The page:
The Role of K-Ras and P53 in Biliary Tract Carcinoma


Objective: Biliary tract cancers are among the most fatal subtypes of gastrointestinal cancer.  The pathogenesis of these tumors involves several molecular alterations in the genes. This review article focuses mainly on the role of K-Ras (a proto-oncogene) and p53 (a tumor-suppressor gene) which are among the most commonly mutated genes, with K-Ras activation being detected in 50% to 75% and P53 inactivation in 30% to 40% of biliary tract carcinomas. 

Methods: PubMed and Google Scholar were searched using the terms TP53, KRAS, mutation, biliary tract carcinoma, cholangiocarcinoma, murine model. In total, 72 articles were reviewed of which 26 articles from the 21st Century were included in this review. The articles excluded were mere repetitions, duplicates or were irrelevant. No data was retrieved from posters, presentations, cell lines and symposiums. Moreover, experiments involving bile aspirations were not included in this review article.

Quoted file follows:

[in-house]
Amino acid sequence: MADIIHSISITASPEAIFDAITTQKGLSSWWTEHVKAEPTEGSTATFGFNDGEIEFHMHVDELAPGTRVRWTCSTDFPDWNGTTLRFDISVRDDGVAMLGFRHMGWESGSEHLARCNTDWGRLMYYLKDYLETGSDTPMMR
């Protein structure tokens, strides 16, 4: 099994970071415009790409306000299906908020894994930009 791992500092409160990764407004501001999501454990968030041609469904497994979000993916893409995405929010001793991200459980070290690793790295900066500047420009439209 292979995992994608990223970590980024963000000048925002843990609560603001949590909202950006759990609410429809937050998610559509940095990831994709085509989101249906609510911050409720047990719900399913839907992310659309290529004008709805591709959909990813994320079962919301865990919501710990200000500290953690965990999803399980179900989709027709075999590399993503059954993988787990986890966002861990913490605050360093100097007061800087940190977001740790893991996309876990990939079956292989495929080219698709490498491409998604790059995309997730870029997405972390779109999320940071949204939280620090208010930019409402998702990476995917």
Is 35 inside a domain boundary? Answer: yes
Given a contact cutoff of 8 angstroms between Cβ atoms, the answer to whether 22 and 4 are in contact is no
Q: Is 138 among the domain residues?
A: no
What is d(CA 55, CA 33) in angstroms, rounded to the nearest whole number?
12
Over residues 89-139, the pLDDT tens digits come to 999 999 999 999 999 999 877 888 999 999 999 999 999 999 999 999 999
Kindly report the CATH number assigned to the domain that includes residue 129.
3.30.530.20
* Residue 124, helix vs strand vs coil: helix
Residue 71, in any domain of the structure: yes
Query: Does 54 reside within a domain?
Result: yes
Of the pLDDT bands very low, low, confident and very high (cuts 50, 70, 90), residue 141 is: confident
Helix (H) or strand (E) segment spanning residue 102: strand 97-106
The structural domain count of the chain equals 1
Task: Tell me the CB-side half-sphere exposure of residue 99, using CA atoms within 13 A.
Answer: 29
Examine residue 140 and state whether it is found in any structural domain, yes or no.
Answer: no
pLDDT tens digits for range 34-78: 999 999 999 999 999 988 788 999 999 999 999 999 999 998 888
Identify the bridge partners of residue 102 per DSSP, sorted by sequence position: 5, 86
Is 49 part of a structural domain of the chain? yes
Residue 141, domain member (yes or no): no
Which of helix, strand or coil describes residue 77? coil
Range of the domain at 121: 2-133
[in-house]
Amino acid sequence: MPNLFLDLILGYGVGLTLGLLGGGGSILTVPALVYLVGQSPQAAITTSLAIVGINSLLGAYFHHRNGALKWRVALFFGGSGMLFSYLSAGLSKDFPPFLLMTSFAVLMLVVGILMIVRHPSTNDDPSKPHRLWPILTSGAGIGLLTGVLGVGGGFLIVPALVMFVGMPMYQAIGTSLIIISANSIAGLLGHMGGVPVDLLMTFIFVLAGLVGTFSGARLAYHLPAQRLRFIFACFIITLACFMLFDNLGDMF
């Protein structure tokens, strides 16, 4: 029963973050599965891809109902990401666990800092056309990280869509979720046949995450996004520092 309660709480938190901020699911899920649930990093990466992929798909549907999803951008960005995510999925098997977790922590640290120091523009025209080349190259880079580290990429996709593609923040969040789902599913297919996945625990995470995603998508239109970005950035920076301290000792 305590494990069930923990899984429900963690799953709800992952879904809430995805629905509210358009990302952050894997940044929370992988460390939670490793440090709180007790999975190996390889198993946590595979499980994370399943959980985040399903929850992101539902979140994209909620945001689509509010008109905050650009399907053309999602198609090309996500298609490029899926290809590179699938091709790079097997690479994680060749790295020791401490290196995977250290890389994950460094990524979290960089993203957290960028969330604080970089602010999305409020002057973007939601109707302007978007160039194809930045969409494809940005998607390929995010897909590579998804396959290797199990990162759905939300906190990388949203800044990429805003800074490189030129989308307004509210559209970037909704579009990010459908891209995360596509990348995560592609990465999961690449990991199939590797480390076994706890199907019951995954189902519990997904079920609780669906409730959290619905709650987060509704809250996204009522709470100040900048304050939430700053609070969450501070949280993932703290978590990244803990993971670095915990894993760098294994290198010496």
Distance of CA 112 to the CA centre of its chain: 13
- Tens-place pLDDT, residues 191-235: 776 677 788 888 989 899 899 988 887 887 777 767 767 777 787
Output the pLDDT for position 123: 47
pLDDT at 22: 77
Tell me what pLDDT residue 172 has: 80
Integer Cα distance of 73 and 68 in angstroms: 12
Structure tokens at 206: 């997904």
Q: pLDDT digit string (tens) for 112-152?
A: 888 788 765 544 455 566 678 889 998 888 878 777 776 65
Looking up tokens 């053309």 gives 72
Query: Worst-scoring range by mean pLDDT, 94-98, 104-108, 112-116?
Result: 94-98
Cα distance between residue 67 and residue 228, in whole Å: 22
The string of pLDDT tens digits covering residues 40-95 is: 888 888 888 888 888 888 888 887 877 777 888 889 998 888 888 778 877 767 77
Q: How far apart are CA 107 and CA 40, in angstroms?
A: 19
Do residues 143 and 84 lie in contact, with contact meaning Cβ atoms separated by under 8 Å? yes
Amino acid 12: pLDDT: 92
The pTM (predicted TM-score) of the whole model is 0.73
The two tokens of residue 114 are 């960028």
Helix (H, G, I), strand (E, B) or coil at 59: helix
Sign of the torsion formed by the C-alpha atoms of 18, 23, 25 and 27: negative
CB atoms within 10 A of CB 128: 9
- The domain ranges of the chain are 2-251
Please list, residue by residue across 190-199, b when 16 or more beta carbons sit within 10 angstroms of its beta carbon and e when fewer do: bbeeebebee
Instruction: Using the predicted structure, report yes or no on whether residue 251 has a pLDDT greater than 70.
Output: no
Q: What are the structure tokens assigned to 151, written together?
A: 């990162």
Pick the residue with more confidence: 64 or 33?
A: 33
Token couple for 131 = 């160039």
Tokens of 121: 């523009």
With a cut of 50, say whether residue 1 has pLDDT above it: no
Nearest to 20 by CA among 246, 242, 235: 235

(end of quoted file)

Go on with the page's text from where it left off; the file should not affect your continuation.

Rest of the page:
Results: Three studies conducted in China, Japan and Taiwan reported a positive correlation between K-Ras mutation and biliary tract carcinoma. Only one study conducted in China showed the sole correlation between p53 inactivation and biliary tract carcinoma. Among the studies conducted in China, Japan and Europe, only four showed a positive association between both K-Ras mutation and p53 inactivation and biliary tract carcinoma.

Conclusion: K-Ras and p53 mutation both contribute to biliary tract carcinoma. K-Ras mutation, however, has a much higher frequency as compared to p53 inactivation in these cancers.

Keywords: p53, K-Ras, mutation, biliary tract carcinoma, cholangiocarcinoma, murine models.

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